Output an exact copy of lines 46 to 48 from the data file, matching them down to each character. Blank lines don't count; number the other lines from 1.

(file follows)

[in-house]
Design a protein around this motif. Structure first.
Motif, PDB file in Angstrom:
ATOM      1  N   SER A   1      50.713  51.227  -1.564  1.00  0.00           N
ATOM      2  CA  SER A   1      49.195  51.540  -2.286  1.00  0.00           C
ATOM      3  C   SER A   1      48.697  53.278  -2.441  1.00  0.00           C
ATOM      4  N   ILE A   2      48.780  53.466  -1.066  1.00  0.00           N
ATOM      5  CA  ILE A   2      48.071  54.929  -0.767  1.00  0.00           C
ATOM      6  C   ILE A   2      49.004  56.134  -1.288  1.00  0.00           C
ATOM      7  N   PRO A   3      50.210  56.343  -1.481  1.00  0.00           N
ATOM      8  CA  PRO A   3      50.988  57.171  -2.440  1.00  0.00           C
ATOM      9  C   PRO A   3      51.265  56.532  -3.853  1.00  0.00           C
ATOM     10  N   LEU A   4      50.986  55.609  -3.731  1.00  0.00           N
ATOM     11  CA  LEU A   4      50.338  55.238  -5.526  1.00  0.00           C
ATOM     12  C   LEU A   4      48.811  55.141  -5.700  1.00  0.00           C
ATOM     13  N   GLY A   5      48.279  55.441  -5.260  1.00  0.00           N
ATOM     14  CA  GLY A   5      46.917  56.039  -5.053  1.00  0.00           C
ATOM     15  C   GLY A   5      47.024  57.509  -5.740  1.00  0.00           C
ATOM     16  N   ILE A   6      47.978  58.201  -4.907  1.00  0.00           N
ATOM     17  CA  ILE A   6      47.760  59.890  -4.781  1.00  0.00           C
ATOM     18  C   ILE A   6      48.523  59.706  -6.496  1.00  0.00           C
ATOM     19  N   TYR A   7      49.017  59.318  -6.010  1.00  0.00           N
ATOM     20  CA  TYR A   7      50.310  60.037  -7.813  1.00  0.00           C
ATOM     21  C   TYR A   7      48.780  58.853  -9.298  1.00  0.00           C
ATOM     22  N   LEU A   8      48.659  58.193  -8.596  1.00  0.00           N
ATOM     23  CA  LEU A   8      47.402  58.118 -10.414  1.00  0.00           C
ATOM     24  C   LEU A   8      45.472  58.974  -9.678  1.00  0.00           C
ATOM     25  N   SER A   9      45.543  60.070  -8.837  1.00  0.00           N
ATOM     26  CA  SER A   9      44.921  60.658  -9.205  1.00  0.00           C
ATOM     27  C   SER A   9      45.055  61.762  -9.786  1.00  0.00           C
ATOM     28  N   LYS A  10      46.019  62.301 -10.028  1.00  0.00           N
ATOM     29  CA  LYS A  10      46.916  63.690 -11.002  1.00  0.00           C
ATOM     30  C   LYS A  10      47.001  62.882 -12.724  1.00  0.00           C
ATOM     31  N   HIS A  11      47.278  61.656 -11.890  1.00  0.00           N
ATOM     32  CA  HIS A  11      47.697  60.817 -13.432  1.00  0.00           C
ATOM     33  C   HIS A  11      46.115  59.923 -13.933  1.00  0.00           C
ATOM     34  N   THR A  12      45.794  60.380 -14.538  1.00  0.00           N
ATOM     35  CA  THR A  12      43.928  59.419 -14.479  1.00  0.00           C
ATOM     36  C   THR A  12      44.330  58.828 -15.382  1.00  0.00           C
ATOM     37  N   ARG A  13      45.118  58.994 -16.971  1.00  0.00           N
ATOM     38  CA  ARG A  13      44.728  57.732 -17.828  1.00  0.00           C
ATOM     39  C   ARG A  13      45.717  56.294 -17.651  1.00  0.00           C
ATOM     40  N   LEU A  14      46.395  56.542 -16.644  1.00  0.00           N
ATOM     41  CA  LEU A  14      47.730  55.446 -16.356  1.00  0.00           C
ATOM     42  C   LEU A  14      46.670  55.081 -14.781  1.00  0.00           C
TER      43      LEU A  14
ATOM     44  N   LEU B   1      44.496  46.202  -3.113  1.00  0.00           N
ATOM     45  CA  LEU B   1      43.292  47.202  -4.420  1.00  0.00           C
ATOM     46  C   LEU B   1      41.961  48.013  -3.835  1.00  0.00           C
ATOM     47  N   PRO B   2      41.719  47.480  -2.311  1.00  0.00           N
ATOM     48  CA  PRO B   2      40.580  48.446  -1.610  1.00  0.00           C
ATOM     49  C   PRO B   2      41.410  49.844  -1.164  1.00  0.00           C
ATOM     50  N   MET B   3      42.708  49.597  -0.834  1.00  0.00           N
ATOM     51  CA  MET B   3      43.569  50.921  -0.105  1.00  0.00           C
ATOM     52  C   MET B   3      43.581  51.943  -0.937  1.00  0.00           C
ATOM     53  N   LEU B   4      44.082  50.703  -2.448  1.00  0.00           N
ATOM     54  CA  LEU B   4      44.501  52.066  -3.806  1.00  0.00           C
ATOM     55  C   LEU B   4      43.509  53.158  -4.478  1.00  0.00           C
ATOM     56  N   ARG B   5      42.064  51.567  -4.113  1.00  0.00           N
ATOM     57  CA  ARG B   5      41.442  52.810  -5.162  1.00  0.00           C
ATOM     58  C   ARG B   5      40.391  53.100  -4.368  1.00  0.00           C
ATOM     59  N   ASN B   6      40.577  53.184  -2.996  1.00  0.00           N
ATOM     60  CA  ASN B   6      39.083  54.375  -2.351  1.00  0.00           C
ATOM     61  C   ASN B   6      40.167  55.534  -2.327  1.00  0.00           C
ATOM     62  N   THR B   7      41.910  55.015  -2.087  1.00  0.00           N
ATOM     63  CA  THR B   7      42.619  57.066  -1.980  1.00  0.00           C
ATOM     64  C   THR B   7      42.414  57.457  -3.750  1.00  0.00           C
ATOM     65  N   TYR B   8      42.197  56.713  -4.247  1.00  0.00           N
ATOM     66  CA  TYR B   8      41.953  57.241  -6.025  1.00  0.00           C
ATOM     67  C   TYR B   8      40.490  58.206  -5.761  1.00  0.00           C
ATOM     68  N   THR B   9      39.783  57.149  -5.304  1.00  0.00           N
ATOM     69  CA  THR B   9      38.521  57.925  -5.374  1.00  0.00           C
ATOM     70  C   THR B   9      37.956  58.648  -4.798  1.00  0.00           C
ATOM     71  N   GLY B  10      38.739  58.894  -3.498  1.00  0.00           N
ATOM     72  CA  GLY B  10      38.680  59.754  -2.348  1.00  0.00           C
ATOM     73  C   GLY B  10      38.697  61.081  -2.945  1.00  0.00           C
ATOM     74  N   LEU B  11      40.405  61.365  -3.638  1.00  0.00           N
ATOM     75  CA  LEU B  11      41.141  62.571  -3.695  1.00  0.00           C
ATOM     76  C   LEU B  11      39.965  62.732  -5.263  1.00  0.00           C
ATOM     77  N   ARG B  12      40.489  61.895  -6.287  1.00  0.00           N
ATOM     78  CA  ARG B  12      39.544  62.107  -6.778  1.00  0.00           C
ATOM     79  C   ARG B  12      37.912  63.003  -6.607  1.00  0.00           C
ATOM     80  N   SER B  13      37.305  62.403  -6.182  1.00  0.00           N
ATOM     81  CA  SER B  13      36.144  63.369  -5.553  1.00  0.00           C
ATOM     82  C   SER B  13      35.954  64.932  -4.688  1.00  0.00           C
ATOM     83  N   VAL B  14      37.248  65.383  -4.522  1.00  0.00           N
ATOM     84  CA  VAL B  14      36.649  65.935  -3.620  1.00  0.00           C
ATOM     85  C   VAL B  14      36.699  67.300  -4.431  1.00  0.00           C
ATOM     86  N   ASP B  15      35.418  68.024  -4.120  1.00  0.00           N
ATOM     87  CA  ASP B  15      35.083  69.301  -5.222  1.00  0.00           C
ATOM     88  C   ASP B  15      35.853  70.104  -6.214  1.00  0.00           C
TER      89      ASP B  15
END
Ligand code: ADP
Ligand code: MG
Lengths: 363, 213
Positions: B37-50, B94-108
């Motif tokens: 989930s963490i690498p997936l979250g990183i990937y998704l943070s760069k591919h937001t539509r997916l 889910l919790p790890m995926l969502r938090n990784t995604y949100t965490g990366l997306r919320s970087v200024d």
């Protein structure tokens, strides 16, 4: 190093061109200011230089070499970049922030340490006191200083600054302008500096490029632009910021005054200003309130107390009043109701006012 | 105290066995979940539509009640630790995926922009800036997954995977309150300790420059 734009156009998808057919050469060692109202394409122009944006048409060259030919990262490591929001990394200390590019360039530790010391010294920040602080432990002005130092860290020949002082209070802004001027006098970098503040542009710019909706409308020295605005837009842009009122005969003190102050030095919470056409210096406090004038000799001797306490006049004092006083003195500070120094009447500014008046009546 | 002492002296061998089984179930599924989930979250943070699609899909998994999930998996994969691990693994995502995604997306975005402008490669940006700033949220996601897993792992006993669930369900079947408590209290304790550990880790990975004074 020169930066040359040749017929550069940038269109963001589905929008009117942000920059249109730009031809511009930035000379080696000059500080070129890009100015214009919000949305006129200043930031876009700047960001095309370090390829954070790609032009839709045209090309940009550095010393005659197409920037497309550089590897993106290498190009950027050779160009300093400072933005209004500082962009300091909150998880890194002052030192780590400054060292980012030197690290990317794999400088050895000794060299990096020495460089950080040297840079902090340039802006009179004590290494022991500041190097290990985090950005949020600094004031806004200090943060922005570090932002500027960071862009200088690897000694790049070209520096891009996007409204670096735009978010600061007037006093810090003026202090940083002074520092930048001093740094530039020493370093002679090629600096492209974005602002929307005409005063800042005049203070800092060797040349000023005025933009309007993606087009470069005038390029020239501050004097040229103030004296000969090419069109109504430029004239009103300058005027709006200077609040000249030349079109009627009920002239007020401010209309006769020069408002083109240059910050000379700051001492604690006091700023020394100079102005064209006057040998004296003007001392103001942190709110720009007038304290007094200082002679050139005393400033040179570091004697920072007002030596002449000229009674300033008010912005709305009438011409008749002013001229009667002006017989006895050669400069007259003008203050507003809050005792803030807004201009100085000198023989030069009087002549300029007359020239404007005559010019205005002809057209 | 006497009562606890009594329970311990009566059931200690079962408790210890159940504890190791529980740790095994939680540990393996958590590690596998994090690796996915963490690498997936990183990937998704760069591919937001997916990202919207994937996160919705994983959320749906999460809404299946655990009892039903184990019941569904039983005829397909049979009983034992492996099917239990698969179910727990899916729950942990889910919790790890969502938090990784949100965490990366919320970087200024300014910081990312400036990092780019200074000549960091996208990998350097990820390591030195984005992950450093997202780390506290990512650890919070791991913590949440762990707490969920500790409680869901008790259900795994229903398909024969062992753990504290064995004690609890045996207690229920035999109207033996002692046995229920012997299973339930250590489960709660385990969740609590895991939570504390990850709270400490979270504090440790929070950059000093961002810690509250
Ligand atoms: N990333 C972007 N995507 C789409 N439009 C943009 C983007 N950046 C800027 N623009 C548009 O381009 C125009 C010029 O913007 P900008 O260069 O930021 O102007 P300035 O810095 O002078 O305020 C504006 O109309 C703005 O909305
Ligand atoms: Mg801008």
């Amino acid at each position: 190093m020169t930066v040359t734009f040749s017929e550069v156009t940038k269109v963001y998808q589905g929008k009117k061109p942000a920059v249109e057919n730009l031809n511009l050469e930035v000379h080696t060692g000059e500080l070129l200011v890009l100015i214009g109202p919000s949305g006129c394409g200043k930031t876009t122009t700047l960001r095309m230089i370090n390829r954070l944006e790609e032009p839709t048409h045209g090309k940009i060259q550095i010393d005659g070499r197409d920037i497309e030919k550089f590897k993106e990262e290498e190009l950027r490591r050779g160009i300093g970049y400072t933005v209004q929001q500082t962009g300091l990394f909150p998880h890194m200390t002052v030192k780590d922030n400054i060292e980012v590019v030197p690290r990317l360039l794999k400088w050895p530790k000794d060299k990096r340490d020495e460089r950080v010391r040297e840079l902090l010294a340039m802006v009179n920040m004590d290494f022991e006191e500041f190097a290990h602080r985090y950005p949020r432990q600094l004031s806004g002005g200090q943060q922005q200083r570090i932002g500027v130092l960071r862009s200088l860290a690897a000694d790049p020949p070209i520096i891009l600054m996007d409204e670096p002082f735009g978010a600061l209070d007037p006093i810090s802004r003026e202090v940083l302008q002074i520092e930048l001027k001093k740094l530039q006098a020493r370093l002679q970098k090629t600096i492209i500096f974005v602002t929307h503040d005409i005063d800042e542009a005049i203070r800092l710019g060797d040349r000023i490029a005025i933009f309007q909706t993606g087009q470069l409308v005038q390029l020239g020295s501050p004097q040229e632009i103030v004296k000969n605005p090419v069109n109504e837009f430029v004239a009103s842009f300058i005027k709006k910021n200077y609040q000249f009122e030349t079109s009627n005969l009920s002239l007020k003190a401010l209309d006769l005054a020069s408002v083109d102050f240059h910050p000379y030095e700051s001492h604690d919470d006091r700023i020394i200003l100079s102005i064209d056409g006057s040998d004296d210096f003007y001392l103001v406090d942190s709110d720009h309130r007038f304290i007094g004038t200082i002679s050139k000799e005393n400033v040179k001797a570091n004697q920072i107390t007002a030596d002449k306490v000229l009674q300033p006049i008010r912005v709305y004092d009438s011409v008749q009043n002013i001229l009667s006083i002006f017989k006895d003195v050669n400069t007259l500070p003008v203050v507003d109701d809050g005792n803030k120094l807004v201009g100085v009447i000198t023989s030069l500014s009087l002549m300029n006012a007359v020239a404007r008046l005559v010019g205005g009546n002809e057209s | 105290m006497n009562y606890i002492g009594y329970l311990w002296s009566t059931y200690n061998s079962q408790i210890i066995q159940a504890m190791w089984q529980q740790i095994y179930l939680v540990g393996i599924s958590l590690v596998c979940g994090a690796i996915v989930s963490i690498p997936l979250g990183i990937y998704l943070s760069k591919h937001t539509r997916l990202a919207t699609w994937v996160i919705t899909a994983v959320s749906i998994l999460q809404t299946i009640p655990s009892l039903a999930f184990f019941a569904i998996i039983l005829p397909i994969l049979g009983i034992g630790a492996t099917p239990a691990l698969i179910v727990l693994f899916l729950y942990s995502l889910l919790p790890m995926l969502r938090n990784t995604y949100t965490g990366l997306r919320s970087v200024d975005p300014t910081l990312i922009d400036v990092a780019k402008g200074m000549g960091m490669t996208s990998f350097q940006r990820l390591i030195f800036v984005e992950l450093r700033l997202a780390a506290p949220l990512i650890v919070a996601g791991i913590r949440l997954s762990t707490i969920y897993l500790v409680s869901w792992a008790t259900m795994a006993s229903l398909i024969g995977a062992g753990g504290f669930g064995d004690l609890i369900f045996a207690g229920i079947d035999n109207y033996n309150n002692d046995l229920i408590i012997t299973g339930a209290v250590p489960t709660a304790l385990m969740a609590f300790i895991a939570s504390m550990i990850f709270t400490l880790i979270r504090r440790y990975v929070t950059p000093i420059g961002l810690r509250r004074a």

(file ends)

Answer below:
TER      43      LEU A  14
ATOM     44  N   LEU B   1      44.496  46.202  -3.113  1.00  0.00           N
ATOM     45  CA  LEU B   1      43.292  47.202  -4.420  1.00  0.00           C